Route From Hell  

If someone had told me a year ago I would be driving a school bus I would have told them that they were crazy. For the last twenty years, I have been working as a chef.  

The day I was laid off was one of the most humiliating experiences of my life. I came home that afternoon, sat in front of the Gohonzon, and chanted for hours. At first I was angry; then my anger turned toward compassion and I prayed that I would never humiliate anyone the way I was humiliated.  
The next day there was an ad in the paper about training school bus drivers for Lodi Unified School District. My life partner and I had discussed that before, when a friend of his from work had decided to do it months earlier. But I hadn't given it much thought at the time. Well, this time I was unemployed, so I thought "What the heck." The next day I applied.  

In the meantime, I kept looking for work.  

About a week later I received a call that a class would be starting the first week of November. At first I did not think that driving a school bus would be very challenging, so I was not all that excited about it. I attended the class anyway and I realized how wrong I was.  

To be a school bus driver you had to take a two-week course and be fingerprinted. Then you had to take a rules-of-the-road test given by the CHP. Also, you had to pass a first aid test. Then you had to pass a very physical, physical. After that you went to DMV to take four more tests; then you received a permit to drive. Once that happened you had to wait for an opening to get behind-the-wheel training. After behind-the-wheel training you take your final driving test with a CHP officer. The whole time you're doing this you do not receive any pay and you still have to put money out for the fingerprinting, the test, etc. Luckily for me I had a little extra money in my savings.  

While I was taking the class, I received a job offer from Smart Foods working in the deli. It was a great opportunity. I really had to sit down and chant about this one. After a lot of daimoku, I decided that the job was too much like food service and I really wanted a change. Even though I didn't know if I would pass all the tests in front of me, I decided not to take that job.  

I passed all the tests and began driving the end of January. But I still would not receive my first paycheck until March.  

All drivers have to start out as substitute drivers until a contract comes open. As a sub you do not receive any benefits. So my goal was to become contracted as soon as possible.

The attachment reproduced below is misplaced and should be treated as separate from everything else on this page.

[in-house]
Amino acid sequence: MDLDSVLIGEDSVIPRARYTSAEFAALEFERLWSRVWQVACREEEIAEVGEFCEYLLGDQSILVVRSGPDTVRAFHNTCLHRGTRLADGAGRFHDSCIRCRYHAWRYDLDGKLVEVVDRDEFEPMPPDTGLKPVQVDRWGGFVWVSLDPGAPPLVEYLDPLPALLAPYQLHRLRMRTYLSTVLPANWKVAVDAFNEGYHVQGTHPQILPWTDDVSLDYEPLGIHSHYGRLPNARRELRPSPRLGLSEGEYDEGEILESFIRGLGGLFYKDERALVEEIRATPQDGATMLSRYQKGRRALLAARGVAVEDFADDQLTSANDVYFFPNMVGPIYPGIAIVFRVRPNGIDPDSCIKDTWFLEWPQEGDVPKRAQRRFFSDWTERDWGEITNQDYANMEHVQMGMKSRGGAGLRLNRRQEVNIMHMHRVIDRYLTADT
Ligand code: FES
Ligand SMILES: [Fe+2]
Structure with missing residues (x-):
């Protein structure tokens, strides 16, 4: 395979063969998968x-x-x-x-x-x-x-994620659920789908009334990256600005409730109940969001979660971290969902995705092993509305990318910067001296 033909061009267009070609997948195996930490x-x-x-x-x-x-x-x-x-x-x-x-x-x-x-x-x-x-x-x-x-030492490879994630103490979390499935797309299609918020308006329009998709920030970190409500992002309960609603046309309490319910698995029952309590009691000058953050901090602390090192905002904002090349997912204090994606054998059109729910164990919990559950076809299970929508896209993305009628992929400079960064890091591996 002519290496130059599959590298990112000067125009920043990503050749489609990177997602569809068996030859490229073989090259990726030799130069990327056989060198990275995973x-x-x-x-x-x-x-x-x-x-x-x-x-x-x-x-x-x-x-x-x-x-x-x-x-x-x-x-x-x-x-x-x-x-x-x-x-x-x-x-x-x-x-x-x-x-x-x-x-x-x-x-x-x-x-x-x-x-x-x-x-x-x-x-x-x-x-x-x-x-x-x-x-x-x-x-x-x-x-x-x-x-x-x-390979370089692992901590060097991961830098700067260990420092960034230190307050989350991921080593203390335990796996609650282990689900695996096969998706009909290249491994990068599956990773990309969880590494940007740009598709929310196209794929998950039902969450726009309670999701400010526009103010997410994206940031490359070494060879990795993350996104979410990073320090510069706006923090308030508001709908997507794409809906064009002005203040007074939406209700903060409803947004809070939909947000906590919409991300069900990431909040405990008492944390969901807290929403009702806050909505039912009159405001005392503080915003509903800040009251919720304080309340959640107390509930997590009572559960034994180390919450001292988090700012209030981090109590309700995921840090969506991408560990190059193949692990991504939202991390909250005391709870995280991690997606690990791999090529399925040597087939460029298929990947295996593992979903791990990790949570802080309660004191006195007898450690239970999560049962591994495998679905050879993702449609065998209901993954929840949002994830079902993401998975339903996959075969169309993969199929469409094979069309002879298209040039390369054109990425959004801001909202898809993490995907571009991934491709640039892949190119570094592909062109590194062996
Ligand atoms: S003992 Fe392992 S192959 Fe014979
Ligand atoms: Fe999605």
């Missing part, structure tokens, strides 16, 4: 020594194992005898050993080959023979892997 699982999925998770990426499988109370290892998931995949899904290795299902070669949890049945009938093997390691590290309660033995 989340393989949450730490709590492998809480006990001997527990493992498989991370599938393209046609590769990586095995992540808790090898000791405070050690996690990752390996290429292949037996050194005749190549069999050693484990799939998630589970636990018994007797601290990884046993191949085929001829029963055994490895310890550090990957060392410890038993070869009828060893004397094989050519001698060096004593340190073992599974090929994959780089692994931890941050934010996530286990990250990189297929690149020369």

In March a contract opened, so I applied and began chanting for my goal. But I did not get it. I was not discouraged because I know there is a good reason.  

In April I decided to really challenge myself and began getting up at 3:00 AM instead of 3:30 AM to chant more in the morning. Two days later, I was assigned Route 60 the "Route from Hell" is what all the bus drivers called it. Remembering President Ikeda's guidance that we should always be willing to do the jobs that no one else wanted, I thanked my supervisors for giving me this route. The other drivers thought I was crazy.  

The day before I started this route, the sub assigned to it had such a bad time that he had to pull the bus over and stop. It was so bad they had to come and pull the children off the bus.  

On my first day on the "Route From Hell," I was determined to give these children compassionate discipline no matter what, and also to remember to always bow to their Buddha natures.  

The next day, two kids got into a fight, so I called their parents and suspended them from riding for three days.  

The third day, I caught a girl hitting another, so I called her parent and told her she would receive a citation. The next day, the parent met my bus to sign the citation.  

While she was waiting, she observed how I handled the children. She was so impressed that she called my boss to compliment me.  

In the meantime, another contract came open so I applied once again. When you apply for a contract you go before a panel made up of two supervisors, the head of transportation, and the union representative. They go around the room asking various questions and scoring you on your answers. The person receiving the highest score is awarded the contract.  

This time, four people applied. The day after the interview, I heard through the grapevine that I had tied with another person for first place.  

That morning had a long break in between runs so I came home and chanted for two hours. When I first began chanting, I was thinking how much I wanted to be contracted. But as time passed, I began thinking about the one who tied with me and how much he wanted to be contracted. So I began chanting for both of us to get contracted somehow, even though they had never contracted more than one at a time.  

After a few days of waiting, to my amazement, they announced that they were going to award three contracts. I could not believe it. They had never done that before. Also, each one of us got the route we wanted. I was awarded Route 60, the "Route From Hell". The biggest benefit was that Route 60 is an 8-hour contract. Usually, a sub driver is not contracted into an 8-hour route. They have to start with five or six hours and work their way up. But because Route 60 was a route no one wanted, it was opened for contracting. And because I have an 8-hour route, I get full benefits without paying any portion of them.  

Now I am very happy with what I do. And I'm making even more money and dealing with less stress. Also I'm learning to have a new appreciation for children, our future. I love my new job and look forward to going to work each and every day. And the "Route From Hell" has now become the "Route of the Buddha."  

Michael Collum, Stockton, California  

To read this experience in Spanish, go here.